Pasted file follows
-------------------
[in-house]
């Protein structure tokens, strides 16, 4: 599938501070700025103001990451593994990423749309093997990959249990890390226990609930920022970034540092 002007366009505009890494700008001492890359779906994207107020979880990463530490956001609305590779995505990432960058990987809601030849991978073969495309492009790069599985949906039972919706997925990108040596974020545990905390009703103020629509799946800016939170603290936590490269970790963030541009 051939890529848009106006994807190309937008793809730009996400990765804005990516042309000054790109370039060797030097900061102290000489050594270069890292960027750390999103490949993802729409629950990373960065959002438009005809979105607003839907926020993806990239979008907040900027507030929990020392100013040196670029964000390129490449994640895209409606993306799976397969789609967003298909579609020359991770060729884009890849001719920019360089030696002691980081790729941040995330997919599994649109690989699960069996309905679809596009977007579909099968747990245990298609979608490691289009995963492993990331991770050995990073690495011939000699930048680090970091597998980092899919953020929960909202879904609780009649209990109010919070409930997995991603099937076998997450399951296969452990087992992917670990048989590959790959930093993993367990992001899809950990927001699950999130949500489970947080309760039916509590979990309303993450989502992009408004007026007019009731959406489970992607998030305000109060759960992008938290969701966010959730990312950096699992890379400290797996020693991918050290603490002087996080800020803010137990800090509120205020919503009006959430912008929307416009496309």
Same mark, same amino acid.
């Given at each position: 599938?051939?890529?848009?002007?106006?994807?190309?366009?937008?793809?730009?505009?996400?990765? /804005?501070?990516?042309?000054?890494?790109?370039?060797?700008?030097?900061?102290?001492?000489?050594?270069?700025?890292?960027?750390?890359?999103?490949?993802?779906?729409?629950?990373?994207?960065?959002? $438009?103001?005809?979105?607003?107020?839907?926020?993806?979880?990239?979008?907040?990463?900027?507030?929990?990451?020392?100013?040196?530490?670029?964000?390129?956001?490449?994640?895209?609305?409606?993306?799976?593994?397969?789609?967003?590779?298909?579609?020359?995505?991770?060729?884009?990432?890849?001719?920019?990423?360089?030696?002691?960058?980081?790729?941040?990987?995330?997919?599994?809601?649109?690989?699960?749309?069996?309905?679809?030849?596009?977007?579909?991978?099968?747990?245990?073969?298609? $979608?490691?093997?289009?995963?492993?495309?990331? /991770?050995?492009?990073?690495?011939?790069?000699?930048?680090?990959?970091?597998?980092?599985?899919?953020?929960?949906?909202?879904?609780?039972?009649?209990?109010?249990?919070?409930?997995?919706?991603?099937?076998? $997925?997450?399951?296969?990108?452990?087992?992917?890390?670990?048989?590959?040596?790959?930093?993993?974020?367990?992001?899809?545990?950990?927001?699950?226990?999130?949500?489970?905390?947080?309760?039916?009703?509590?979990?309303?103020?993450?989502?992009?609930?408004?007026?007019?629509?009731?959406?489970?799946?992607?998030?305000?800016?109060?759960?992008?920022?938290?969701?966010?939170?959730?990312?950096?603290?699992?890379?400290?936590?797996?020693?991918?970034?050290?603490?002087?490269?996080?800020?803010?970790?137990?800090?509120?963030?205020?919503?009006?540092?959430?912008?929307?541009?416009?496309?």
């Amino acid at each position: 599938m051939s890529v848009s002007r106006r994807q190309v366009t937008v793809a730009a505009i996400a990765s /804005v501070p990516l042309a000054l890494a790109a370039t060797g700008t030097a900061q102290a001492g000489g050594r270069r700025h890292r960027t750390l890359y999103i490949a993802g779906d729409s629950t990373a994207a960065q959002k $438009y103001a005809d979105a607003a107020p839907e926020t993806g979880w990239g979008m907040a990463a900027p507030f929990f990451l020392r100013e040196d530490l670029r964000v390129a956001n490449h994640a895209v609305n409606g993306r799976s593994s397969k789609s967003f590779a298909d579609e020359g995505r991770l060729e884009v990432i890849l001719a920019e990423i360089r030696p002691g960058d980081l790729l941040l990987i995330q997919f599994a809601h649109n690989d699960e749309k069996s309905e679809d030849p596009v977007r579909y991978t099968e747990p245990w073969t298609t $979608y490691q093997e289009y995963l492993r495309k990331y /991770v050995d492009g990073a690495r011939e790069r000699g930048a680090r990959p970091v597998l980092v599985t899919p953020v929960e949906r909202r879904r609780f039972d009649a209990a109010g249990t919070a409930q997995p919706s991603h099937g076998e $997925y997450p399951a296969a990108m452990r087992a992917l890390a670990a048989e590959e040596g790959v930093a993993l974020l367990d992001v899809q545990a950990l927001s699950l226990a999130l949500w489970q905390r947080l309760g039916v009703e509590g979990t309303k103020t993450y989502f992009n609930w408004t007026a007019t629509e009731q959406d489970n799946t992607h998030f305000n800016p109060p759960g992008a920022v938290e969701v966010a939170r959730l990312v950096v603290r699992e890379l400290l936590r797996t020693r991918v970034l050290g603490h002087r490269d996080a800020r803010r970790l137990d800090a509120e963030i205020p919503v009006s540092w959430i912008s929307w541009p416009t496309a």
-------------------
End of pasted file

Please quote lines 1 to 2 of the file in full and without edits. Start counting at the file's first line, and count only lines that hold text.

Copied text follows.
[in-house]
């Protein structure tokens, strides 16, 4: 599938501070700025103001990451593994990423749309093997990959249990890390226990609930920022970034540092 002007366009505009890494700008001492890359779906994207107020979880990463530490956001609305590779995505990432960058990987809601030849991978073969495309492009790069599985949906039972919706997925990108040596974020545990905390009703103020629509799946800016939170603290936590490269970790963030541009 051939890529848009106006994807190309937008793809730009996400990765804005990516042309000054790109370039060797030097900061102290000489050594270069890292960027750390999103490949993802729409629950990373960065959002438009005809979105607003839907926020993806990239979008907040900027507030929990020392100013040196670029964000390129490449994640895209409606993306799976397969789609967003298909579609020359991770060729884009890849001719920019360089030696002691980081790729941040995330997919599994649109690989699960069996309905679809596009977007579909099968747990245990298609979608490691289009995963492993990331991770050995990073690495011939000699930048680090970091597998980092899919953020929960909202879904609780009649209990109010919070409930997995991603099937076998997450399951296969452990087992992917670990048989590959790959930093993993367990992001899809950990927001699950999130949500489970947080309760039916509590979990309303993450989502992009408004007026007019009731959406489970992607998030305000109060759960992008938290969701966010959730990312950096699992890379400290797996020693991918050290603490002087996080800020803010137990800090509120205020919503009006959430912008929307416009496309």